Methylotrophs are a diverse group of microorganisms that can use reduced one-carbon compounds, such as methanol or methane, as the carbon source for their growth; and multi-carbon compounds that contain no carbon-carbon bonds, such as dimethyl ether and dimethylamine. This group of microorganisms also includes those capable of assimilating reduced one-carbon compounds by way of carbon dioxide using the ribulose bisphosphate pathway. These organisms should not be confused with methanogens which on the contrary produce methane as a by-product from various one-carbon compounds such as carbon dioxide. Some methylotrophs can degrade the greenhouse gas methane, and in this case they are called methanotrophs. The methanotroph Methylococcus capsulatus is used to degrade methane and other substrates. The abundance, purity, and low price of methanol compared to commonly used sugars make methylotrophs competent organisms for production of amino acids, vitamins, recombinant proteins, single-cell proteins, co-enzymes and cytochromes.
The key intermediate in methylotrophic metabolism is formaldehyde, which can be diverted to either assimilatory or dissimilatory pathways. Methylotrophs produce formaldehyde through oxidation of methanol and/or methane. Methane oxidation requires the enzyme methane monooxygenase (MMO). Methylotrophs with this enzyme are given the name methanotrophs. The oxidation of methane (or methanol) can be assimilatory or dissimilatory in nature (See Figure 1). If dissimilatory, the formaldehyde intermediate is oxidized completely into to produce reductant and energy. If assimilatory, the formaldehyde intermediate is used to synthesize a 3-Carbon () compound for the production of biomass. Many methylotrophs use multi-carbon compounds for anabolism, thus limiting their use of formaldehyde to dissimilatory processes, however methanotrophs are generally limited to only metabolism.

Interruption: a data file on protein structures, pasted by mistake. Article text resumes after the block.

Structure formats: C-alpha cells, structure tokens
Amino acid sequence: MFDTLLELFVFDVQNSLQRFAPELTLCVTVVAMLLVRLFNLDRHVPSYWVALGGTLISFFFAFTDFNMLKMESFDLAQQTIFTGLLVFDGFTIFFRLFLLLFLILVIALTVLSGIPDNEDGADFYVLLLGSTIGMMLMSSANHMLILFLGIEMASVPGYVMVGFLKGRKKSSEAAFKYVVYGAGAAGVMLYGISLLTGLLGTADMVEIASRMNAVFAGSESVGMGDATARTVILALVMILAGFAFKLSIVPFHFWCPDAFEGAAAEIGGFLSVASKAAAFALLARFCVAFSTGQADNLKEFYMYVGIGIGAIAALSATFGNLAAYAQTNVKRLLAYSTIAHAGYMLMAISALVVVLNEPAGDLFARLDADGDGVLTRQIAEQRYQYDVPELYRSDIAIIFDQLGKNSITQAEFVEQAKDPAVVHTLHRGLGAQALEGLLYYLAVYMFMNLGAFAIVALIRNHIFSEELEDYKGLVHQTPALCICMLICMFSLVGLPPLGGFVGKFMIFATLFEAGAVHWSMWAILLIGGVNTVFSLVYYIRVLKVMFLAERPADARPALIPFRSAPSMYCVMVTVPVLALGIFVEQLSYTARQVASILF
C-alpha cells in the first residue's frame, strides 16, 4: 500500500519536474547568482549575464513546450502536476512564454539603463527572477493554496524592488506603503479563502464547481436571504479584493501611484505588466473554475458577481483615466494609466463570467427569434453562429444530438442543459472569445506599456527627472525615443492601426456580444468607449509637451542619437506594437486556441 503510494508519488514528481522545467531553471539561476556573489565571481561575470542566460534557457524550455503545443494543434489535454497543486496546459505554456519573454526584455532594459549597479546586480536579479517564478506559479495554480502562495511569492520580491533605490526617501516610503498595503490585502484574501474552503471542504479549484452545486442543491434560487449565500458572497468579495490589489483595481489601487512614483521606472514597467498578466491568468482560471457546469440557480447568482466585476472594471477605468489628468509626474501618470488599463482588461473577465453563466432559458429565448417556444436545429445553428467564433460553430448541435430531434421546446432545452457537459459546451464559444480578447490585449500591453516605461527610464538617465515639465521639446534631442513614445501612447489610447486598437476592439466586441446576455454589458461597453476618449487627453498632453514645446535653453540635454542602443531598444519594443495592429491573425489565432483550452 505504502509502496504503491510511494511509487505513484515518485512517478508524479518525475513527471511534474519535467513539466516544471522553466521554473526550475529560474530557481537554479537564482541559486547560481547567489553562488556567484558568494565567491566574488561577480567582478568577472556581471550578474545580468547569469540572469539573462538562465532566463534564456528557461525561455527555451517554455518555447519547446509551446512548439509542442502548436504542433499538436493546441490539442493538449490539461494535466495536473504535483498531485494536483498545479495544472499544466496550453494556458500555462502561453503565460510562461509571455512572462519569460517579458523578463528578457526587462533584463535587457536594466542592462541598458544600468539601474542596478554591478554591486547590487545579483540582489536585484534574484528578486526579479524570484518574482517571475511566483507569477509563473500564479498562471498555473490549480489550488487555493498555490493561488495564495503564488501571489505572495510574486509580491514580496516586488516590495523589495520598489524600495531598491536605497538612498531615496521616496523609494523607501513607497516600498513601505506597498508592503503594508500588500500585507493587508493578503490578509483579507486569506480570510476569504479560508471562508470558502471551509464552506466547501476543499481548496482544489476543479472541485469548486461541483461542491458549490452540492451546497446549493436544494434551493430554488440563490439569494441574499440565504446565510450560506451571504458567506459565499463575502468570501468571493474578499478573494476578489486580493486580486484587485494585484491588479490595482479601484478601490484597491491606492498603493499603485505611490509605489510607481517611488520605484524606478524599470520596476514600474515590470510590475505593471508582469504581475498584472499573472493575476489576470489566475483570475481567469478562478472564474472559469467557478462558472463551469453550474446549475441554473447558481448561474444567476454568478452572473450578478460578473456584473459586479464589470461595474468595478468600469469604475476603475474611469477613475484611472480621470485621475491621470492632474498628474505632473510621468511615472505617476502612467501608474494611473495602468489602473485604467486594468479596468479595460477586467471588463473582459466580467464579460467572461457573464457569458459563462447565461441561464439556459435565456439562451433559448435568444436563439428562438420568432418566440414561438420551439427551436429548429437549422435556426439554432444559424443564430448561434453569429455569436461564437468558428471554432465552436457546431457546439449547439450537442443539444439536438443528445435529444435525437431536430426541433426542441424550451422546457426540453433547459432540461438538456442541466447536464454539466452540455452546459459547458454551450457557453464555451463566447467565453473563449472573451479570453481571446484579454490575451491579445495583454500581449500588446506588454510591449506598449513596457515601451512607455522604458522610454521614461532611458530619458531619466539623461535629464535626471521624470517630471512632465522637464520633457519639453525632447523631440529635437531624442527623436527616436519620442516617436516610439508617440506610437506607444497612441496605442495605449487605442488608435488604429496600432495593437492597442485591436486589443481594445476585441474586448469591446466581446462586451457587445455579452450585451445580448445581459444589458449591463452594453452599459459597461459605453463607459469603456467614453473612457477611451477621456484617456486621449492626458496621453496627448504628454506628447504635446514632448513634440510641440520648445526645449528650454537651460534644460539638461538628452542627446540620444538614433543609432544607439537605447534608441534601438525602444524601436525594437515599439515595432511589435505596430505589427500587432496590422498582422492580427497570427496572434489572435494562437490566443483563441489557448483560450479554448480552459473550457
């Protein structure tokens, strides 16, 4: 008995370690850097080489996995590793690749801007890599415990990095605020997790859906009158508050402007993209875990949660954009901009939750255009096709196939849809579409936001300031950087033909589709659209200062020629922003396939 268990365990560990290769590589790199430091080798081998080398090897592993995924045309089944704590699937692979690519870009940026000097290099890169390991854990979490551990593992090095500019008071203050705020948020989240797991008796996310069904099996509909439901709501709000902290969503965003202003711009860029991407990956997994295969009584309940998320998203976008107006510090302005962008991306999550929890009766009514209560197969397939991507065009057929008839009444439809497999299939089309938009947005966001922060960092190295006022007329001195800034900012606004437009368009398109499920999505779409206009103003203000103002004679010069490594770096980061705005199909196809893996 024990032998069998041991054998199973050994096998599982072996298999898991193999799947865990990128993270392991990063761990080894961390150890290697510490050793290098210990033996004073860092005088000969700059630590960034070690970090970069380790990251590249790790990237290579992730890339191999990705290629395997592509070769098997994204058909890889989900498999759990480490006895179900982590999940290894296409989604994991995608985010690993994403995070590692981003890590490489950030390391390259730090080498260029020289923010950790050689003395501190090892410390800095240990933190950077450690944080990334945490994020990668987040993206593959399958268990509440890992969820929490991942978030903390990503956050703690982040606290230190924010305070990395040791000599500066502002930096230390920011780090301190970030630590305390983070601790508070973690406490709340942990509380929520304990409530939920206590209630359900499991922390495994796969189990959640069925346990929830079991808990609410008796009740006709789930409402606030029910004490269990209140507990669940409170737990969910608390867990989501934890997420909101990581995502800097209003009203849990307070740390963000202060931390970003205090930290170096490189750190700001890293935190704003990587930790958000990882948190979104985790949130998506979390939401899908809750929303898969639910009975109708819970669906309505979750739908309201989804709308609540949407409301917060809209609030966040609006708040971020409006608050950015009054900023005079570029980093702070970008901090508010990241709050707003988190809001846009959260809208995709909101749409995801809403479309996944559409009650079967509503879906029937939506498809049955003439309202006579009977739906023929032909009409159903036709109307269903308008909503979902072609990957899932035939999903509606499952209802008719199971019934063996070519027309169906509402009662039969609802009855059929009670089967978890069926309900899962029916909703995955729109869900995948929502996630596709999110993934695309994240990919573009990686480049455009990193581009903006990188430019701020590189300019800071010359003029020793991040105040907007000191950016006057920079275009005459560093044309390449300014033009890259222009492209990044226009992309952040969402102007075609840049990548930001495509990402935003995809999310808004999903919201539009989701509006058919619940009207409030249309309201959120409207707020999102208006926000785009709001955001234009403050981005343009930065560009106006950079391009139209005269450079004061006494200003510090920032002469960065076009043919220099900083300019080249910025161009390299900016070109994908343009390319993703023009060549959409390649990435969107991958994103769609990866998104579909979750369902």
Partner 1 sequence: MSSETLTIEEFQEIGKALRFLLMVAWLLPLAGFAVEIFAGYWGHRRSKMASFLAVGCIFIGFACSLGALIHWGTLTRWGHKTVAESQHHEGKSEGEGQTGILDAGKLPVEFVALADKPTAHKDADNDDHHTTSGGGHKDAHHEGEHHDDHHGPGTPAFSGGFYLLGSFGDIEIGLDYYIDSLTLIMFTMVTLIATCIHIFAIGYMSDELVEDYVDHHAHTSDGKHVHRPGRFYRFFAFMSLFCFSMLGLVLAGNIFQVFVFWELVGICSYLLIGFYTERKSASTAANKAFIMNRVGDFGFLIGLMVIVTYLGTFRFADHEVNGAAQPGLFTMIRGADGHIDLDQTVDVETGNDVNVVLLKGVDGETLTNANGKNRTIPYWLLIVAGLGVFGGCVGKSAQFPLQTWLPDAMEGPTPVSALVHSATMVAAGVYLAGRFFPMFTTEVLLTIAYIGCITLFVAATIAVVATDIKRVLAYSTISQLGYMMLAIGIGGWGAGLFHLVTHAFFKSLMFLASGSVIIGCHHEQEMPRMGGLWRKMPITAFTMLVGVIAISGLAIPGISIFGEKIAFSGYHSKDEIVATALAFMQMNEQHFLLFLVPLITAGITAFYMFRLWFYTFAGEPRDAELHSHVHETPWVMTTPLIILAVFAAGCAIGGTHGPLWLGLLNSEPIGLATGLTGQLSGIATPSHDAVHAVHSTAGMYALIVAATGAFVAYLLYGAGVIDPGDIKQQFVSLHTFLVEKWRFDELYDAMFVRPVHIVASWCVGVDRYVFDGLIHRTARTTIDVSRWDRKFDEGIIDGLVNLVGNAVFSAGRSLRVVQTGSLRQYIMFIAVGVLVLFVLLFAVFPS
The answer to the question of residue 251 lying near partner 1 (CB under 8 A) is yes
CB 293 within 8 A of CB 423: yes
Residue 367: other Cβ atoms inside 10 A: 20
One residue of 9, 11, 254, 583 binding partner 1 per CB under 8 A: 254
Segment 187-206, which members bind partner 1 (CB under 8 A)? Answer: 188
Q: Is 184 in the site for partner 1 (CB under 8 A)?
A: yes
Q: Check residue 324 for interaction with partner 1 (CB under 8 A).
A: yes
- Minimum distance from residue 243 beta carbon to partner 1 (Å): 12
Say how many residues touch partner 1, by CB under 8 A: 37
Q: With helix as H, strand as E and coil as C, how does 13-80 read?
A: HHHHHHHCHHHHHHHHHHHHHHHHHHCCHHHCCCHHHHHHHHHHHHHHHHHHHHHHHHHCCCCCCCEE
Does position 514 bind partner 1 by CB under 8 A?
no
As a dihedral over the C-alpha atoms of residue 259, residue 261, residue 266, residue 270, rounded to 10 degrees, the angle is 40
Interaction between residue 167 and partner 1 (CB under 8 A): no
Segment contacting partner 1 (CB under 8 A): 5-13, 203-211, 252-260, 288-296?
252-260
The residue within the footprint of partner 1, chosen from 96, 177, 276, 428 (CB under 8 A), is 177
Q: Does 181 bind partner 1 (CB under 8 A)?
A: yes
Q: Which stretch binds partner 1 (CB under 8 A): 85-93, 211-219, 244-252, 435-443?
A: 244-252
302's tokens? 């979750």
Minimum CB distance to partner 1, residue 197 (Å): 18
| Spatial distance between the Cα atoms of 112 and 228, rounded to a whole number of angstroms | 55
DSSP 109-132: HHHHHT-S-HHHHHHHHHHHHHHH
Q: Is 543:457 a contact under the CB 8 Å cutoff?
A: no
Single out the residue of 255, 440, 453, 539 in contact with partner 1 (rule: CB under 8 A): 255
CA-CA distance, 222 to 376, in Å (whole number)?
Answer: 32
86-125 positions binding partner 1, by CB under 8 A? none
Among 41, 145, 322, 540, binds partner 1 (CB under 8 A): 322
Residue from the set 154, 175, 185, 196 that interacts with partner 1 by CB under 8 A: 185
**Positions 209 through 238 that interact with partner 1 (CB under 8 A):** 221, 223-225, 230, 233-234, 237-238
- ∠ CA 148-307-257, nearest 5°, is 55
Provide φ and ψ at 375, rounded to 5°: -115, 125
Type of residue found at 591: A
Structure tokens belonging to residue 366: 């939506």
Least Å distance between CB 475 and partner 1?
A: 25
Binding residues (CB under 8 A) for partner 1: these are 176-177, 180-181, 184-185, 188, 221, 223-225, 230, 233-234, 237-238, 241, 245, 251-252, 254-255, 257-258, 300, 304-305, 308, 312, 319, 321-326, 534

|Single Carbon Compounds||Chemical Formula||Multi-Carbon Compounds||Chemical Formula|
|Carbon monoxide||Dimethyl ether|
Methylotrophs use the electron transport chain to conserve energy produced from the oxidation of compounds. An additional activation step is required in methanotrophic metabolism to allow degradation of chemically-stable methane. This oxidation to methanol is catalyzed by MMO, which incorporates one oxygen atom from into methane and reduces the other oxygen atom to water, requiring two equivalents of reducing power. Methanol is then oxidized to formaldehyde through the action of methanol dehydrogenase (MDH) in bacteria, or a non-specific alcohol oxidase in yeast. Electrons from methanol oxidation are passed to a membrane-associated quinone of the electron transport chain to produce .
In dissimilatory processes, formaldehyde is completely oxidized to and excreted. Formaldehyde is oxidized to formate via the action of Formaldehyde dehydrogenase (FALDH), which provides electrons directly to a membrane associated quinone of the electron transport chain, usually cytochrome b or c. In the case of associated dehydrogenases, is produced.